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54 of 56 people found the following review helpful
5.0 out of 5 stars Excellent framework for looking at mental health issues, January 6, 2013
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As a mental health professional as well a person with lived experience of trauma, I rate this book highly. It provides one of the clearest, most concise and useful explanations of developmental trauma I have encountered. It avoids the common tendency for such books to see mental distress through a prism of diagnoses and medical jargon. Instead, this book acknowledges that many people suffer from varying degrees of trauma; therefore, it does not pathologise the symptoms of distress. This is refreshing and helpful. It also offers many practical suggestions for overcoming the effects of trauma. I will use this information both personally and professionally.
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80 of 87 people found the following review helpful
5.0 out of 5 stars Wow! It was SO right on!, October 21, 2012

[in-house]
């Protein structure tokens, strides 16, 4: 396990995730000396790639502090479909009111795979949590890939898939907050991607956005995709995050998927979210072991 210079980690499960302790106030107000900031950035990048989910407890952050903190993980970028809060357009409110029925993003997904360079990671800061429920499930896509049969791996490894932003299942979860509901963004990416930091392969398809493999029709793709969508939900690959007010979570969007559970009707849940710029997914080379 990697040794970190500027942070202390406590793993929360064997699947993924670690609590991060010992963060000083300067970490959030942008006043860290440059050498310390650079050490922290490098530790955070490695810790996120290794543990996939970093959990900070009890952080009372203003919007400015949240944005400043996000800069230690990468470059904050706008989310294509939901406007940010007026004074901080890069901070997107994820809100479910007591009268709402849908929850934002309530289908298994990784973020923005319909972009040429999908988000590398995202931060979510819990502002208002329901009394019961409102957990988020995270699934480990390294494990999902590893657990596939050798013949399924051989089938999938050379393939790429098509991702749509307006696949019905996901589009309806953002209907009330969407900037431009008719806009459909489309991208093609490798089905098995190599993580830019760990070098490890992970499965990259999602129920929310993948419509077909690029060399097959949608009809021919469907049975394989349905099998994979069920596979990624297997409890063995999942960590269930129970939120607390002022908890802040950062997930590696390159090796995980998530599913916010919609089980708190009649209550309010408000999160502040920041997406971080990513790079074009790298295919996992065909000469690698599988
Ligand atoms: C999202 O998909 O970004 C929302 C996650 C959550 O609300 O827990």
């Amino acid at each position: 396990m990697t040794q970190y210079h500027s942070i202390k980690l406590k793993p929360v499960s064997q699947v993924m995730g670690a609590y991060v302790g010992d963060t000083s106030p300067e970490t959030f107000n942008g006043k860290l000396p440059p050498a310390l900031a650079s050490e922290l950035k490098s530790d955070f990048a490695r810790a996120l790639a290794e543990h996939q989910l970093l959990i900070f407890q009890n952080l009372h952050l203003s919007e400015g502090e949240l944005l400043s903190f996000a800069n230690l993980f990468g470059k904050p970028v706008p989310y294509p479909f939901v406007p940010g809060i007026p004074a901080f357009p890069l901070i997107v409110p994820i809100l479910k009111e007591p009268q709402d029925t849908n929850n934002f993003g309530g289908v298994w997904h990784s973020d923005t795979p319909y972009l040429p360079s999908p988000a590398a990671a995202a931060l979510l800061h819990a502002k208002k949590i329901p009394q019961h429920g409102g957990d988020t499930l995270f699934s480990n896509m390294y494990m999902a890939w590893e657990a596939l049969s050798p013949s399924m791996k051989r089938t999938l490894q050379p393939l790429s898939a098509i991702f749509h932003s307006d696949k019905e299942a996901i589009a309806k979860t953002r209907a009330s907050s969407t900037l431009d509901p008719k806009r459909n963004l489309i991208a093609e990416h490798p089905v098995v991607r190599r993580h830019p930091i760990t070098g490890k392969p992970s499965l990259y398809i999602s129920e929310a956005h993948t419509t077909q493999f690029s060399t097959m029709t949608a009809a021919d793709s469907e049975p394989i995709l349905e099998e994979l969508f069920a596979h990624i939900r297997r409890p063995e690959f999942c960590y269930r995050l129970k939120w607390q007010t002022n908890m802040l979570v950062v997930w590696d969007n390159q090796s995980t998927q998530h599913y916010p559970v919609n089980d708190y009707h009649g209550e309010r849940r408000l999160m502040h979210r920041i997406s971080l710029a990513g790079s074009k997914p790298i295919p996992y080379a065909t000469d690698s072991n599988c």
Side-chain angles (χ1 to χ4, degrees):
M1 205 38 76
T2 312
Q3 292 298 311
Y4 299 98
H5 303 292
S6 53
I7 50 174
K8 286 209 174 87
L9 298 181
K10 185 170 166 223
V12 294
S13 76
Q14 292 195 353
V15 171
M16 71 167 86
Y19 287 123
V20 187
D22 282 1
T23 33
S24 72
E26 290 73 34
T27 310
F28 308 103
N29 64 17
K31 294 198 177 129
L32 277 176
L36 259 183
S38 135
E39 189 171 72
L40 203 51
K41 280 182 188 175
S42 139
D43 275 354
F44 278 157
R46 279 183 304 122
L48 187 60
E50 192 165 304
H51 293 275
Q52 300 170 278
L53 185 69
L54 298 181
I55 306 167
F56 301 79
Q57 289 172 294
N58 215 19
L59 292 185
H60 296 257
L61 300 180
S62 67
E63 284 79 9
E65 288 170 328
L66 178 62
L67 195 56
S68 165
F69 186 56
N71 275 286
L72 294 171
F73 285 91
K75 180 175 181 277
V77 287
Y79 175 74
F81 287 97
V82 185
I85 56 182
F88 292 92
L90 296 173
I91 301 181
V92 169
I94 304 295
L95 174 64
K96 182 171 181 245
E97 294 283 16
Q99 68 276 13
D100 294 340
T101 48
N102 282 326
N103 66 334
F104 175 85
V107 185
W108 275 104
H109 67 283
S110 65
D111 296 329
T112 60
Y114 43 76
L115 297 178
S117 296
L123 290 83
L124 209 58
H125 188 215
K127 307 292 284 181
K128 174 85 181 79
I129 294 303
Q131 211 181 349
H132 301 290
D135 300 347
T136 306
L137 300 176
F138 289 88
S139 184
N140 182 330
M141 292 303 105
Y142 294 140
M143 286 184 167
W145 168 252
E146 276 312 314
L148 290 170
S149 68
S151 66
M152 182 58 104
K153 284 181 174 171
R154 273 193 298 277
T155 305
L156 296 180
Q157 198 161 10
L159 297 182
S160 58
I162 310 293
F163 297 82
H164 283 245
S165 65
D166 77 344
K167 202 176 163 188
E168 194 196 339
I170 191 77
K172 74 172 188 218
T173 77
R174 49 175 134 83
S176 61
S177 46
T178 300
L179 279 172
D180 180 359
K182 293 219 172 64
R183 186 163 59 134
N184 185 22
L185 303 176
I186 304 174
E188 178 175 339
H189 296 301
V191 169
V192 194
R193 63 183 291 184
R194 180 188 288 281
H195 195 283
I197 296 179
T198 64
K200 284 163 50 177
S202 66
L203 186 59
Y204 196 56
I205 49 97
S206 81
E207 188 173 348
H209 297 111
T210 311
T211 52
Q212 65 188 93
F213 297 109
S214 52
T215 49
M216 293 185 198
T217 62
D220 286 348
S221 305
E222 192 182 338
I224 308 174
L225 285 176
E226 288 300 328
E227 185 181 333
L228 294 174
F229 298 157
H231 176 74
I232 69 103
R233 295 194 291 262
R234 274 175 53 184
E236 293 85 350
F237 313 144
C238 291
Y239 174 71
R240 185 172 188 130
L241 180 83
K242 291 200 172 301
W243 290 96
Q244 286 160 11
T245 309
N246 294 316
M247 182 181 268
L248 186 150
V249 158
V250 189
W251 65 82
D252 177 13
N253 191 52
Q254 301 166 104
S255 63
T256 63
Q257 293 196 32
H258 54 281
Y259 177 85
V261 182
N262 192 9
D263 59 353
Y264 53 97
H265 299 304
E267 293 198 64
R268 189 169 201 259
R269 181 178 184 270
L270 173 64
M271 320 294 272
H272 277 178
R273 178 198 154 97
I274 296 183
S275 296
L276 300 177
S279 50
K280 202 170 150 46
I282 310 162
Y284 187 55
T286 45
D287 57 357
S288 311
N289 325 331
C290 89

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It explained my issues EXACTLY! I've never read a book that did that so well. I will read this book over and over again to absorb all of its content and healing information into my wounded parts. It already healed some of those parts just reading things that made me realize that things I thought made me "crazy" were just normal reactions of a child to having to adjust to a world that did not meet it's most basic emotional connection and physical needs. I would highly recommend this book, especially to all the people who think they are "crazy" and don't know why they act and react like they do.
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28 of 29 people found the following review helpful
5.0 out of 5 stars A Truely Valuable Source Of Information!!!!, February 4, 2013
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This review is from: Healing Developmental Trauma: How Early Trauma Affects Self-Regulation, Self-Image, and the Capacity for Relationship (Paperback)
Such an easy read for such a complicated subject! I've experienced other 'self-help' or 'methodology' books that can be read in parcel, meaning that much of those may be oversimplified or overwritten for many readers. Not so with this book. It is neither oversimplified nor too 'techie'. That being said, when I downloaded this book I proceeded to read it cover to cover - something new for me. It gives a clear understanding for how humans incorporate early experience in non-verbal ways, positively or negatively. From that point on, we as humans can find ourselves reacting to our environment and experiences in self-hurtful and sometimes harmful ways.